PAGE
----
Survey shows nearly 40% of arable soils degraded

By Rothamsted

Newly developed measure also a good predictor of carbon storage

A ‘soil health’ measure developed by a team of scientists led by Rothamsted Research shows for the first time that 38% of arable soils in England and Wales are degraded.

This is compared with less than 7% of grassland and woodland soils being given the same rating.

The index classifies soils by the proportion of organic matter versus clay that they contain, and is said to be a good predictor of how much carbon they can take up and store – vital in the fight against climate change – as well as a general indicator of how well they are functioning.

The data behind the index is based on more than 3,800 soils collected between 1978 and 1983 as part of a national soil survey and according to lead author and PhD student, Jonah Prout, changes in soil carbon take time, so the message of these results is likely to still apply today.

Mr Prout says: “Soil carbon is vital for the proper functioning of soil, but its absolute value alone is not always a true reflection of a soil’s health due to the very varied nature of different soils.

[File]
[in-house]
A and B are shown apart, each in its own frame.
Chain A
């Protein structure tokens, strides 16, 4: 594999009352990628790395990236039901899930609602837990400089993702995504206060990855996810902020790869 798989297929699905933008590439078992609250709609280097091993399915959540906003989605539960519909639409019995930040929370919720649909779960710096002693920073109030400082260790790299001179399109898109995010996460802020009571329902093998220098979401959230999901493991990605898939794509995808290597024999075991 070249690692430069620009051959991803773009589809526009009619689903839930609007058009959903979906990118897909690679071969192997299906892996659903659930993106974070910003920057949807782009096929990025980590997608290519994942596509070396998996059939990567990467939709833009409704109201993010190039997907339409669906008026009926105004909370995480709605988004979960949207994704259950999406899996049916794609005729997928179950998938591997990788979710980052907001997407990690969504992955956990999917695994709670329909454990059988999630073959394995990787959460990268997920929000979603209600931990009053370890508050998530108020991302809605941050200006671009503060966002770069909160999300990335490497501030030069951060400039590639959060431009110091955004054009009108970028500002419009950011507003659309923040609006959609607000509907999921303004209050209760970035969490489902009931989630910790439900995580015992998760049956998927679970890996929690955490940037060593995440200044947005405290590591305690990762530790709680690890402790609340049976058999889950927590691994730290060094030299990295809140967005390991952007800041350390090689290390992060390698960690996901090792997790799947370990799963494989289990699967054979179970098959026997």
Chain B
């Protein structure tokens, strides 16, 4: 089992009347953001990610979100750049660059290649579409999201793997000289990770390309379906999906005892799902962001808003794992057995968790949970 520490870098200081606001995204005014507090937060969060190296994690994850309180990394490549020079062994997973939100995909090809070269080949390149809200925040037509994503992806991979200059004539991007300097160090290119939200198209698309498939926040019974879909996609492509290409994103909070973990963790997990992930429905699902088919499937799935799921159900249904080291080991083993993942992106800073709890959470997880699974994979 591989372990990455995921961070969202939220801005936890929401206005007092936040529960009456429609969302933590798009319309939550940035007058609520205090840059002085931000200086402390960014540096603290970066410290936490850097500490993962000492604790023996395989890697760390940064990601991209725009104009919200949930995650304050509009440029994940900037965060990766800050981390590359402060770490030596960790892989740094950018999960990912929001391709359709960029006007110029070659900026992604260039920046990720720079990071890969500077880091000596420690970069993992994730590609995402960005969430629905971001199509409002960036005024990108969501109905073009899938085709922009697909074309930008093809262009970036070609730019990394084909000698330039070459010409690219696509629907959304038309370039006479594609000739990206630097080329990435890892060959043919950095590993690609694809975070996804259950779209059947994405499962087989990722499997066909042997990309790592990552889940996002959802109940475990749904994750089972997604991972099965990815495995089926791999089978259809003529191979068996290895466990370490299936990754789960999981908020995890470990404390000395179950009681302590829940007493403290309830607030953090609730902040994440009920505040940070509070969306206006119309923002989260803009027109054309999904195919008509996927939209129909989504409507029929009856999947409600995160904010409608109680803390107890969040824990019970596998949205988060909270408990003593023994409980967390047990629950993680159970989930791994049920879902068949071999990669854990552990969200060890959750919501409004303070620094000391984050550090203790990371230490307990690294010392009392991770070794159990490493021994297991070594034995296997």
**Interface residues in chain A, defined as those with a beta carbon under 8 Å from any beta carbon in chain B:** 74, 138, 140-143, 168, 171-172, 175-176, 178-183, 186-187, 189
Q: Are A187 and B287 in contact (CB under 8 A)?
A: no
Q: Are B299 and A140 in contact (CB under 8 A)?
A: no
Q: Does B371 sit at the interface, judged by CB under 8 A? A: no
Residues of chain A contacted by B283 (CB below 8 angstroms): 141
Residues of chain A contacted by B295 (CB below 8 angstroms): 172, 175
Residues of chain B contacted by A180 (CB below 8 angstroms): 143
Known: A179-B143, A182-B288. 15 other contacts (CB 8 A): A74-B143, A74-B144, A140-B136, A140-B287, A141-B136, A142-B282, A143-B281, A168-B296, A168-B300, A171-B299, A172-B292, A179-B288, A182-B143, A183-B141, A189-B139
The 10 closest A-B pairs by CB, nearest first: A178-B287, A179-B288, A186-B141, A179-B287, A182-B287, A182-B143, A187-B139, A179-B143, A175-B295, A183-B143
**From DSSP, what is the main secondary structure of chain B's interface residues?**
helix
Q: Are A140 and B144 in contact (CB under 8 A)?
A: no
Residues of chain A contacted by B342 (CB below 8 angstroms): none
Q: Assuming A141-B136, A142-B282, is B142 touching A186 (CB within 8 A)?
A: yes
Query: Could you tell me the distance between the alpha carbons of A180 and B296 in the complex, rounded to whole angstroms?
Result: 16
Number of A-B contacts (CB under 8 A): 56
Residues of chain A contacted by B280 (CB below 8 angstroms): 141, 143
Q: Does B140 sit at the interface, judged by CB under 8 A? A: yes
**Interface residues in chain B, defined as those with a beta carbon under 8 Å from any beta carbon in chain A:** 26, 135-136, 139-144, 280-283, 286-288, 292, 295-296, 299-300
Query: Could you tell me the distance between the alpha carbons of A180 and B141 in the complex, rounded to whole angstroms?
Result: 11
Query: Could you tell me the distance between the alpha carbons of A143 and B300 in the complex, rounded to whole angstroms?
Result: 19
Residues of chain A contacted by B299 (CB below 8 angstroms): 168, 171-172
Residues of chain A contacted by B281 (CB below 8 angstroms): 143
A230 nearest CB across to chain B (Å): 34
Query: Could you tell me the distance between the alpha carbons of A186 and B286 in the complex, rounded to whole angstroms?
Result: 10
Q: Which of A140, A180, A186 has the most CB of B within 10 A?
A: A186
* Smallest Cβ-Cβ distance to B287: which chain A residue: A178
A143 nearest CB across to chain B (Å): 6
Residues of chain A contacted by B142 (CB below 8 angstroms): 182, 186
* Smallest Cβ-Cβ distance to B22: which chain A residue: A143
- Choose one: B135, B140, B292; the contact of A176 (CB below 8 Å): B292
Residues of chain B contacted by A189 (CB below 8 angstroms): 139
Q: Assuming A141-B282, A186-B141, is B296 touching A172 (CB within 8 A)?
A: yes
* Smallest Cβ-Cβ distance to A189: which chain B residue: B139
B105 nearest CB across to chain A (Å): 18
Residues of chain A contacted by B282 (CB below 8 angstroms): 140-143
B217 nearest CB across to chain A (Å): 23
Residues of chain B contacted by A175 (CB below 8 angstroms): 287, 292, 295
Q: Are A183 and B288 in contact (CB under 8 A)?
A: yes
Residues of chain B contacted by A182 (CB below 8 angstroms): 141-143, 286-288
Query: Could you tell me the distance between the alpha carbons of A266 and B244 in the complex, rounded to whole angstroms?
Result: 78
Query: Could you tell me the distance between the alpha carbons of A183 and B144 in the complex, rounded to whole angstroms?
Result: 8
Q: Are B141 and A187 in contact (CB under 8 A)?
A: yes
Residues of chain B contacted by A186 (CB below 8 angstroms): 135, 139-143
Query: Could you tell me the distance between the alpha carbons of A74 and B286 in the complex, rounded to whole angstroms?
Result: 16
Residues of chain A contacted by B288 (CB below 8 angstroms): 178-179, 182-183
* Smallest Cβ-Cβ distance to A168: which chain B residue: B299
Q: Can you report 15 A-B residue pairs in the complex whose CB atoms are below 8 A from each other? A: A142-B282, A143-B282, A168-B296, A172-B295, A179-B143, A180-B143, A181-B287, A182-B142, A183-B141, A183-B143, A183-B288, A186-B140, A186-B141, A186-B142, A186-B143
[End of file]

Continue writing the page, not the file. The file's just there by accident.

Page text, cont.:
“By analysing a wide range of soils from across England and Wales, we were able to test this index as an indicator of soil structure – of key importance to soil functioning – and a measure of whether a soil needs improving.”

The ratings are largely independent of climate, soil type or the type and amount of vegetation growing on it. This provides a true indication of the status of the soil, he adds.

The newly developed index is based on two routinely taken soil measurements and could be easily established for any field in England and Wales, which could help farmers or policymakers improve the natural services soils provide, such as food production, flood protection and carbon storage.

Co-author, Professor Steve McGrath says: “Previously no one could tell you what a good level of organic matter for a particular soil was. An index allows farmers and other land managers to determine how best to manage their land – where to grow, where to treat, and where to build – depending on the state of their soil.

“There are various ways to improve a soil, but to do so, we first need to know which ones need what help. This measure is an easy way to do so.”

The index is calculated by measuring the proportion of soil carbon to soil clay, with samples then categorised based on this value as ‘very good’, ‘good’, ‘moderate’ or ‘degraded’.

Soils where there is at least 13 times more clay than carbon are rated as degraded, whilst those with less than 8 times the amount of clay compared to carbon are regarded as very good.

On this scale, soil from 38.2% of arable, 6.6% of grassland, and 5.6% of woodland sites were in the poorest conditions.

Having looked at the picture across England and Wales, Mr Prout says the next step is to look at a later survey and long-term experiment data to see how the index values have changed over time.

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